After the JSA/DMZ tour
Written by Patricia skully
If you””””re traveling to Korea, chances are the DMZ is on your list of “must-sees”. And for good reason: With the country having been divided since August 1945, and all the news coverage of the Kim clan, the area known as the DeMilitarized Zone is a very interesting place to visit.
Having lived in Korea for several years, I had done the DMZ tour before. Many times before, in fact. But I had never been able to go to the JSA, or Joint Security Area. The JSA is well known as the place on the border of the two Koreas where North Korean soldiers face off against South Korean and UN forces. But I was waiting for the chance to go with Adventure Korea. So, finally, I was able to go in January 2014.
The trip is broken into two distinct parts. The first is the DMZ trip. This trip meets between 08:00 and 08:30 at the Lotte Hotel, where you will check in, and then find your bus. After that, it””””s off to Imjingak and the DMZ! The schedule consists of a stop at the Third Infiltration Tunnel, where the group can take the train down and walk along to the first of three concrete barricades dividing North and South. No photos, unfortunately. From there, it””””s on to Dorasan Observatory. This observatory is right up against the Southern Limit Line, and you can get a great view of Kaesong City. Provided the weather is cooperating! And from there, our group went to Dorasan Train Station, the first train station to the North.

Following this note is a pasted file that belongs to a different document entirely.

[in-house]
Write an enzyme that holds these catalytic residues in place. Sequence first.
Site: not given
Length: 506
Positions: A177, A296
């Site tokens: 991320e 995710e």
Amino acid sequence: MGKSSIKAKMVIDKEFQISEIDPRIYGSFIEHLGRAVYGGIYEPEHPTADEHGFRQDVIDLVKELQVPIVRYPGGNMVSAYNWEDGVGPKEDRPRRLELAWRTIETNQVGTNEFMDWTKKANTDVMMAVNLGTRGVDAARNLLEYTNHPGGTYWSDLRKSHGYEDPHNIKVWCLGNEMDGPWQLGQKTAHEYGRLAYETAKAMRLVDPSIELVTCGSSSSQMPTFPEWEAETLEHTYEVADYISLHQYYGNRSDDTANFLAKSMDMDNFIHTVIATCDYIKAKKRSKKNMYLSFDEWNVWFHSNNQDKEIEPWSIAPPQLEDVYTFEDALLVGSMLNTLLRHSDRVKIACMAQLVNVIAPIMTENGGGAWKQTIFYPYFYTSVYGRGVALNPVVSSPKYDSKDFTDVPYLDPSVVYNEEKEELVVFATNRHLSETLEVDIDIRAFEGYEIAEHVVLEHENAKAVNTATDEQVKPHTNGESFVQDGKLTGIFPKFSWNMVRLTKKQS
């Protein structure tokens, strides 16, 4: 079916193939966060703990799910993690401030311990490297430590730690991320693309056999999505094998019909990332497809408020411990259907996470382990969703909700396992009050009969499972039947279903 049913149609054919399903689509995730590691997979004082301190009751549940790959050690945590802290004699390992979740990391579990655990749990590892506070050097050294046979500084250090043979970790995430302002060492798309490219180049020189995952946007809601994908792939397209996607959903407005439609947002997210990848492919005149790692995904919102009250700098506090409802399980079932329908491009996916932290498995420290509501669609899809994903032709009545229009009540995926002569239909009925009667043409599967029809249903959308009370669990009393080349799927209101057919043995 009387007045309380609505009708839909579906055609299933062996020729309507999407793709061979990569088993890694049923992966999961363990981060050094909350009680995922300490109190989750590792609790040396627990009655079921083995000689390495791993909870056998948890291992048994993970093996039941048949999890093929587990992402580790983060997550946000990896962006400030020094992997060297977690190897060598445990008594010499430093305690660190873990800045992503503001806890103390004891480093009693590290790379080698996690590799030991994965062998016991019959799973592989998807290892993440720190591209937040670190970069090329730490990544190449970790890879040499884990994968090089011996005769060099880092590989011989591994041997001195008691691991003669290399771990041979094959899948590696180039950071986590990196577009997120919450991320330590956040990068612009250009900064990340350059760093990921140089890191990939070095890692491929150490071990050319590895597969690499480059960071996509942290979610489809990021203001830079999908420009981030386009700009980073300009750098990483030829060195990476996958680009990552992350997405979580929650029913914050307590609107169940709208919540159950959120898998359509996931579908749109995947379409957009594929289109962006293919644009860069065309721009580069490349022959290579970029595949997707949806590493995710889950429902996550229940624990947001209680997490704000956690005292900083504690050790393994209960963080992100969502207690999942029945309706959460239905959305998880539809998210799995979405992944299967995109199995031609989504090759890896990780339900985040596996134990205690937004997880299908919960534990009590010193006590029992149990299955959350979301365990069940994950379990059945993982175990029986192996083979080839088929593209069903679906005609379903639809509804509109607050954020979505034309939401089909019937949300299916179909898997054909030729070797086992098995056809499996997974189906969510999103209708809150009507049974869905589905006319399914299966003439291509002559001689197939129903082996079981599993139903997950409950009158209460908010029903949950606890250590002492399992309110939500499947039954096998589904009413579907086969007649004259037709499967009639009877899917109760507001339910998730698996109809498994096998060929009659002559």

After that, our group headed back to Imjingak, where people could have a lunch of either bulgogi or bibimbap. For those of us headed on to the JSA portion of the trip, we then had about an hour to explore the Imjingak area. There are several gift shops, one at which you can purchase North Korean currency, and monuments to Korean unification and some militaries that participated in the Korean War on behalf of the South.
The JSA half of the trip was what I was most looking for, having never been before. As we boarded a different bus to our briefing at Camp Bonifas, we drove back through the Civilian Control Zone and the one South Korean town that is actually in the DMZ. At Bonifas, we all signed waivers, watched a slide show about the area.. And then it was on to the actual border. Naturally, the JSA has a lot of restrictions, but it was well worth it. We had only two minutes in the blue buildings, but we were able to snap photos of MPs and even step into Northern territory! After exiting the building, we could take photos of the Northern visitor””””s center, with one lonely North Korean soldier standing guard.
We then took the bus past the scene of the axe murder incident, and the Bridge of No Return, where POWs were returned following the 1953 Armistice. And then, it was back to Bonifas.. And back to Seoul.
All in all, it was a great trip! And even after having visited the DMZ many times and having gone into North Korea proper, it was a fascinating way to spend a day away from Seoul!